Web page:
Adult Autism Support Billings MT

Local resource for adult autism support in Billings. Includes detailed information on local businesses that provide access to information on autism or Asperger down syndrome, education for adults with autism, autism support for adults, as well as advice and content on autism services.

ARC-MT
(406) 652-5510
602 18th Street West
Billings, MT
Support Services
Adult Support, Disability Advocacy, Educational Advocacy, Marriage & Family Counseling, Support Organization
Ages Supported
Preschool,Kindergarten,1-5 Grade,6-8 Grade,9-10 Grade,11-12 Grade,Adult

Data Provided By:
Support & Techniques for Empowering People, Inc.(S.T.E.P.)
(406) 248-2055 or (800) 820-4180
1501 14th Street West
Billings, MT
Support Services
Adult Support, Marriage & Family Counseling, Marriage & Family Counseling, Support Organization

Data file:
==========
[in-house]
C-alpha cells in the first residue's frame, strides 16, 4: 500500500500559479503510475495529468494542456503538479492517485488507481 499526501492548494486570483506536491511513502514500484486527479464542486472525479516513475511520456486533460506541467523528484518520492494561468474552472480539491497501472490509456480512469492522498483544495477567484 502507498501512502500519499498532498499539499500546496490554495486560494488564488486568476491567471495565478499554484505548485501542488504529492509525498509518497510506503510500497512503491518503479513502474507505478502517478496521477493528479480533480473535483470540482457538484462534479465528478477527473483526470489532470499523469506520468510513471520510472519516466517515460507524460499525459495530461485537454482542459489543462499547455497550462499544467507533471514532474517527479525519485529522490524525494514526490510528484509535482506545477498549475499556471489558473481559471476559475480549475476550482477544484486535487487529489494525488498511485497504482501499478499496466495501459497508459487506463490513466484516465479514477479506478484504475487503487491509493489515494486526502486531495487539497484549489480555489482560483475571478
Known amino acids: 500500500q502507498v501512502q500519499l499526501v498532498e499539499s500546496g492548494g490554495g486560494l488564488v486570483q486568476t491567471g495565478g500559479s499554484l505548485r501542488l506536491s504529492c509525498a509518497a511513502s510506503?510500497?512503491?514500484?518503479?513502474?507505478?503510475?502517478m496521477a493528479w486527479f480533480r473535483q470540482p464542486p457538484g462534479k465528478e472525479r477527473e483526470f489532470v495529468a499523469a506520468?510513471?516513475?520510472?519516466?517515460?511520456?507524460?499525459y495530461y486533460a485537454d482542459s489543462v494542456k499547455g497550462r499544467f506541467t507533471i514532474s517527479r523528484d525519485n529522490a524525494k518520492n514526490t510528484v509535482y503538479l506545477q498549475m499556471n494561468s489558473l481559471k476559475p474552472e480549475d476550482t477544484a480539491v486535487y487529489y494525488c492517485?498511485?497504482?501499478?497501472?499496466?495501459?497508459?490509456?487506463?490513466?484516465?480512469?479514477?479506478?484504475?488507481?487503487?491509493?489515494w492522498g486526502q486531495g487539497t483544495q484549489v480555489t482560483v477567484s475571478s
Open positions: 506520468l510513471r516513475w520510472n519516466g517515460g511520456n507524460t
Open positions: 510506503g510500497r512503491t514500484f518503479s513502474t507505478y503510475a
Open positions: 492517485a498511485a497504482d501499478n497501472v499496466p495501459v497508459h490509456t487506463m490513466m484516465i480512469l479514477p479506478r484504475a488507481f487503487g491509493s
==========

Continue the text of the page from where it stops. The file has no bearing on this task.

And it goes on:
Ages Supported
Preschool,Kindergarten,1-5 Grade,6-8 Grade,9-10 Grade,11-12 Grade,Adult

Data Provided By:
Montana State University-Bilings
(406) 657-2312 (V/TTY)
Special Education Building
Billings, MT
Support Services
Disability Advocacy, Education, Marriage & Family Counseling, Support Organization, Therapy Providers
Ages Supported
Preschool,Kindergarten,1-5 Grade,6-8 Grade,9-10 Grade,11-12 Grade,Adult

Data Provided By:
Parents Lets Unite for Kids
(406) 255-0540
516 N. 32nd Street
Billings, MT
Support Services
Support Organization, Training/Seminars
Ages Supported
Preschool,Kindergarten,1-5 Grade,6-8 Grade,9-10 Grade,11-12 Grade,Adult

Data Provided By:
Learning Disabilities Association of Montana
(406) 252-7716
1438 Cascade Avenue
Billings, MT
Support Services
Support Organization

Data Provided By:
Family Support Network (FSN)
(406) 256-7783
3302 4th Avenue North, Suite 103
Billings, MT
Support Services
Adult Support, Marriage & Family Counseling, Marriage & Family Counseling, Support Organization
Ages Supported
Preschool,Kindergarten,1-5 Grade,6-8 Grade,9-10 Grade,11-12 Grade,Adult

Data Provided By:
NAMI-Billings
(406) 256-2001
1645 Ave. D - Suite G
Billings, MT